1. Recognizing and promoting institutional arbitration as a preference where arbitration in incorporated in contracts is a step towards the right direction.
  1. However, mediation cannot entirely replace arbitration or litigation in all cases, since it is voluntary. For instance, mediation is inappropriate in inter alia the following situations:
    1. Counter party will not consider it;
    2. An ad interim injunction or other urgent ad interim order to preserve an asset is required.
    3. Where a legal precedent in required.

Even today, most Government/PSU contracts have a multi-tiered dispute resolution clause which start with party consultation in the form of a committee, then friendly consultations before it is referred to arbitration/litigation.

  1. Large complex cases, especially in industries such as infrastructure and similarly placed industries, require speedy resolution, expert assistance and technical understanding expertise of the dispute, which maybe better poised to be resolved by an experienced arbitrator than a local court.
  1. The quality of arbitrator appointment is identified as a drawback to arbitration. However, the ability to nominate an arbitrator is one of the unique features of the arbitral process and can always be cured by ensuring the creation of uniform guidelines for the Government/PSU to calibrate their approach to arbitration, ie. for appointment, and setting mechanisms for permitting acceptance of an unfavorable award such as – if the view taken by the arbitrator is a possible view taken by a reasonable man, etc.
  1. The multi-layer process of prior approvals for incorporating an arbitration clause in contract/tenders seems cumbersome and ought to derail and disincentivize parties to incorporate an arbitration clauses.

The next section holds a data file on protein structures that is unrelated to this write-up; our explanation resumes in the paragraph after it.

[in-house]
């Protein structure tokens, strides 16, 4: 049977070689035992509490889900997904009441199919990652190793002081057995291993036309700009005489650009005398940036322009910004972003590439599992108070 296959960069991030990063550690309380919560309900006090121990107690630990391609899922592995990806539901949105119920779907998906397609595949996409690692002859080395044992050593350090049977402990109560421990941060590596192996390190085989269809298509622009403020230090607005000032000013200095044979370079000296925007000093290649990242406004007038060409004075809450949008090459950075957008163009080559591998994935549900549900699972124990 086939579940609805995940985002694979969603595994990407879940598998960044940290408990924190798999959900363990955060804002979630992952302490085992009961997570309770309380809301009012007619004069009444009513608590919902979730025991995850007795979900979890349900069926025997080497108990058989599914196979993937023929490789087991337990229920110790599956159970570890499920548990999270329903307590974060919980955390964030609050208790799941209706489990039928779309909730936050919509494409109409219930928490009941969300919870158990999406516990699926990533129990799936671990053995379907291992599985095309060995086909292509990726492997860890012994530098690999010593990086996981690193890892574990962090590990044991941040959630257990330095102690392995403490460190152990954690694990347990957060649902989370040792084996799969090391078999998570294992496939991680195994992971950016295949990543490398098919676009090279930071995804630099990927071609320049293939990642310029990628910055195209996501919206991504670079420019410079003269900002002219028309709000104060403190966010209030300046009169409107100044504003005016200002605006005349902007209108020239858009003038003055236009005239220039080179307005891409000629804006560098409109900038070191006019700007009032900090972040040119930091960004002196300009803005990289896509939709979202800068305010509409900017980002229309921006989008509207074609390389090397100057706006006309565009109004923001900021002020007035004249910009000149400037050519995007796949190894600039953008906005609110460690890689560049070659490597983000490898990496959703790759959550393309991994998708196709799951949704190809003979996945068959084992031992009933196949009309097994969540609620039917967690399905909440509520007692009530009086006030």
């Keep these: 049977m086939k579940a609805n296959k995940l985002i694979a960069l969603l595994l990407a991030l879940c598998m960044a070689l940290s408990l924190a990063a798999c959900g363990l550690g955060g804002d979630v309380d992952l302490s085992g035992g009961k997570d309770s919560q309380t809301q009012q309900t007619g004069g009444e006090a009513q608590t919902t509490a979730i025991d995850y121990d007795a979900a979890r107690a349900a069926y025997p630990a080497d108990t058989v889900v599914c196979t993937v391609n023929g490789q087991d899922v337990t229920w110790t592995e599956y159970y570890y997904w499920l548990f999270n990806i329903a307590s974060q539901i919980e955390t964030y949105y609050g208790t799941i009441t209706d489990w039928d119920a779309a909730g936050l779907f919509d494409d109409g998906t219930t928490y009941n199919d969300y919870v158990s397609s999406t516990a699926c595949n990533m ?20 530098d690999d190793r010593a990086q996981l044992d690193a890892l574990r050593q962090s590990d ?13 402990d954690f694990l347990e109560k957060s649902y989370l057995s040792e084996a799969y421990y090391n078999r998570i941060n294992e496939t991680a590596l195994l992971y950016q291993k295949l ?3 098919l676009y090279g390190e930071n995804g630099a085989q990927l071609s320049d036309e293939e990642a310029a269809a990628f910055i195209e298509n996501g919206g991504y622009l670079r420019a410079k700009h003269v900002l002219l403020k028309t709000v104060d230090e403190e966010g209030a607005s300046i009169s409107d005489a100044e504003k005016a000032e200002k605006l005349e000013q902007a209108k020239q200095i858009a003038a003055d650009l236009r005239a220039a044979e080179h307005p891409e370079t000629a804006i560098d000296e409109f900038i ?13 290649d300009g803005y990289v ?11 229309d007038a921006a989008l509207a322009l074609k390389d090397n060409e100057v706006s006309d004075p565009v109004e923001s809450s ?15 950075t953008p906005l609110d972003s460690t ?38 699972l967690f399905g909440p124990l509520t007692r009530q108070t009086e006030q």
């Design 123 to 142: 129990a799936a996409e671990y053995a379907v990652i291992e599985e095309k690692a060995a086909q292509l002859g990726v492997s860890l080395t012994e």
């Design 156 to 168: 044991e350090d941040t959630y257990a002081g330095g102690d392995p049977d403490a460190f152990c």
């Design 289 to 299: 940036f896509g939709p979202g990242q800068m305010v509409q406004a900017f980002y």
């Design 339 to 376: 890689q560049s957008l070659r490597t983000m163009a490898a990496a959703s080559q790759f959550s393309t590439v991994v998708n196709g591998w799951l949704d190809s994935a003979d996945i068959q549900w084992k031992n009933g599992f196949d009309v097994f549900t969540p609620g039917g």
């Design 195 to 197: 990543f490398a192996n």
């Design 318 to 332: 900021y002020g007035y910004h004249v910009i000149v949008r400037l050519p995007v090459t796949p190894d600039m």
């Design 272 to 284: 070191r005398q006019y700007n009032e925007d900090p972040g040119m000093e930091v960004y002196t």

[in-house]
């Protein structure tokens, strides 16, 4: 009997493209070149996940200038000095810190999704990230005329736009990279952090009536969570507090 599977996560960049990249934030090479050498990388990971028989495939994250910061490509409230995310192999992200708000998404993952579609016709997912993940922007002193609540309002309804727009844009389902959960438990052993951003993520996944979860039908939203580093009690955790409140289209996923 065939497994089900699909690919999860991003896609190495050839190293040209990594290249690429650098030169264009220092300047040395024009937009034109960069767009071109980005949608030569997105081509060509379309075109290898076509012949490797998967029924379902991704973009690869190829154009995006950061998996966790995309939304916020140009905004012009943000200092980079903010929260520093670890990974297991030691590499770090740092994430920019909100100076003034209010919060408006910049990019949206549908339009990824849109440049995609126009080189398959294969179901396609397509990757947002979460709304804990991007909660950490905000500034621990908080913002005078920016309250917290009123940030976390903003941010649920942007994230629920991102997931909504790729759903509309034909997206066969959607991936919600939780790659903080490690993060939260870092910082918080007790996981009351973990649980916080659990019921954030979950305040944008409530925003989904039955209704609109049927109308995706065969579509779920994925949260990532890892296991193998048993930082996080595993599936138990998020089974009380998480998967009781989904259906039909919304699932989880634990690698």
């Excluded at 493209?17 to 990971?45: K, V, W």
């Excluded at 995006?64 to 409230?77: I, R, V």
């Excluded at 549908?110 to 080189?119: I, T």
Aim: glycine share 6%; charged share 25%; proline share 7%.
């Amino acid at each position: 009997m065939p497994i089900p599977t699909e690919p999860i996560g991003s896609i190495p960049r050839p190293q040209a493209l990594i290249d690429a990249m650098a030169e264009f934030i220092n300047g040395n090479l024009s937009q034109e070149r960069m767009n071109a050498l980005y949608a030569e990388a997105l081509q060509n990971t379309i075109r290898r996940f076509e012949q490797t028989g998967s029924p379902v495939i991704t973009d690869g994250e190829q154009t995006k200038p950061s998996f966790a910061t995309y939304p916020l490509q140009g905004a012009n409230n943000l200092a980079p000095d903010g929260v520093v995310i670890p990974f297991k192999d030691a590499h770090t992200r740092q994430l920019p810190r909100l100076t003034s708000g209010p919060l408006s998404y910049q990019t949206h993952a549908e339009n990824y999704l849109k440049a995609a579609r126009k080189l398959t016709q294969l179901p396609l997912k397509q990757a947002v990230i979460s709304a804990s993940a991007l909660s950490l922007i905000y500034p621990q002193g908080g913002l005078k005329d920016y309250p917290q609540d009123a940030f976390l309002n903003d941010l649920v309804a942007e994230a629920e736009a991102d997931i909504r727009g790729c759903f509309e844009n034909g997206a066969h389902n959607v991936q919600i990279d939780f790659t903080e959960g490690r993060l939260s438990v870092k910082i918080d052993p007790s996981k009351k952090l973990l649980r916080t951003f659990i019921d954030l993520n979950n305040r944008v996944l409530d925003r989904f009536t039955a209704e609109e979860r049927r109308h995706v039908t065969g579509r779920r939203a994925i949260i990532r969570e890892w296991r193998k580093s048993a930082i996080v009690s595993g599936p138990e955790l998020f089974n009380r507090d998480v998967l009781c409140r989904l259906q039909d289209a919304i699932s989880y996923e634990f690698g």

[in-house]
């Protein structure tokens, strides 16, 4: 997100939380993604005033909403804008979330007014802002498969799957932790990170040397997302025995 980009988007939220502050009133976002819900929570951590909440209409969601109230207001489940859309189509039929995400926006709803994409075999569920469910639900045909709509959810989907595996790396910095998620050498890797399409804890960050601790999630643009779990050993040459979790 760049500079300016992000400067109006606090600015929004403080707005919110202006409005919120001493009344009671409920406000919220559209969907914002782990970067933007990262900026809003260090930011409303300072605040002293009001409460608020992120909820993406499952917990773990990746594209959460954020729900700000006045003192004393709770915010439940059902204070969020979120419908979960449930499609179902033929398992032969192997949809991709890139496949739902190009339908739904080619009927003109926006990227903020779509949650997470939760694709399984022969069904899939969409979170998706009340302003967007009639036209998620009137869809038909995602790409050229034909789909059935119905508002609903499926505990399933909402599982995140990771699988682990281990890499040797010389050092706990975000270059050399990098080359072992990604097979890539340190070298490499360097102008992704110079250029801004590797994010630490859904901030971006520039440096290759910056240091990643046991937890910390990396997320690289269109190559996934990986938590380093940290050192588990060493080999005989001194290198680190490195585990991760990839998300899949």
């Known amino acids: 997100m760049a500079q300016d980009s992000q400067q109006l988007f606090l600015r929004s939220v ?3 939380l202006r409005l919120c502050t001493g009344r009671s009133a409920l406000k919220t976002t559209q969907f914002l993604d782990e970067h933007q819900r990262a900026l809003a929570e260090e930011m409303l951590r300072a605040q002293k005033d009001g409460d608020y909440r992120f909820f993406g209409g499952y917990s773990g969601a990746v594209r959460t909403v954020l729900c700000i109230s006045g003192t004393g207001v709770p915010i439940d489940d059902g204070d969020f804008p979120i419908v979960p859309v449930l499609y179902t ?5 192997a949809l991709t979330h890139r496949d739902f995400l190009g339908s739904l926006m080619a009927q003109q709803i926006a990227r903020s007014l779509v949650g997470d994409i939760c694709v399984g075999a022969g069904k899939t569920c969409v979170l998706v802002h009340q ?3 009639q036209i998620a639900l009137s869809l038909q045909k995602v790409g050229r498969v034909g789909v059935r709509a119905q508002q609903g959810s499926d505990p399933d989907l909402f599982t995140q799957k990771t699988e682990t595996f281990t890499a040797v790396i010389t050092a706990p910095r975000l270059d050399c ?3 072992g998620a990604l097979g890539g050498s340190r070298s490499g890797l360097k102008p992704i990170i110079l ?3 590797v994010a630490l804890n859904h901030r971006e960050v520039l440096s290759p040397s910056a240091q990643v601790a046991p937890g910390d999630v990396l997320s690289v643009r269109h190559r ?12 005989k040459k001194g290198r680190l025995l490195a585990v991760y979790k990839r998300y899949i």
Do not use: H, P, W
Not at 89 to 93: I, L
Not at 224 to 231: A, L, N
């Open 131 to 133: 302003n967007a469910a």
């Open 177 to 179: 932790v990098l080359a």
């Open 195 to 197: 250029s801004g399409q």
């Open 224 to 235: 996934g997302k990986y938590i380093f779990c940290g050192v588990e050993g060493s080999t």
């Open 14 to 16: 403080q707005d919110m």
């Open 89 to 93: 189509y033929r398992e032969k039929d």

The OM is in deviation with the earlier guidelines/schemes issued by the Government promoting arbitration as one of the primary recourses available to parties in case of a dispute. Recently, the Chief Justice of India, D.Y. Chandrachud has also promoted arbitration as the preferred mode for dispute resolution in India.

There is undoubtedly a role for arbitration in domestic public procurement contracts, for its benefits such as finality, technical expertise, and efficiency, and recent developments which evidence India's pro-arbitration approach. Such a role holds potential for further development, including the development of suitable scheme/guidelines/framework adapted to be fit for the purpose of effective resolution through arbitration (perhaps, institutional arbitration) in the event a mediation is unsuccessful in such contracts.


1. Section 2(iv) read with Section 48 of the Mediation Act, 2023, which makes the Mediation Act applicable to the Government/PSU.

2. Section 49 of the Mediation Act, 2023.

The content of this article is intended to provide a general guide to the subject matter. Specialist advice should be sought about your specific circumstances.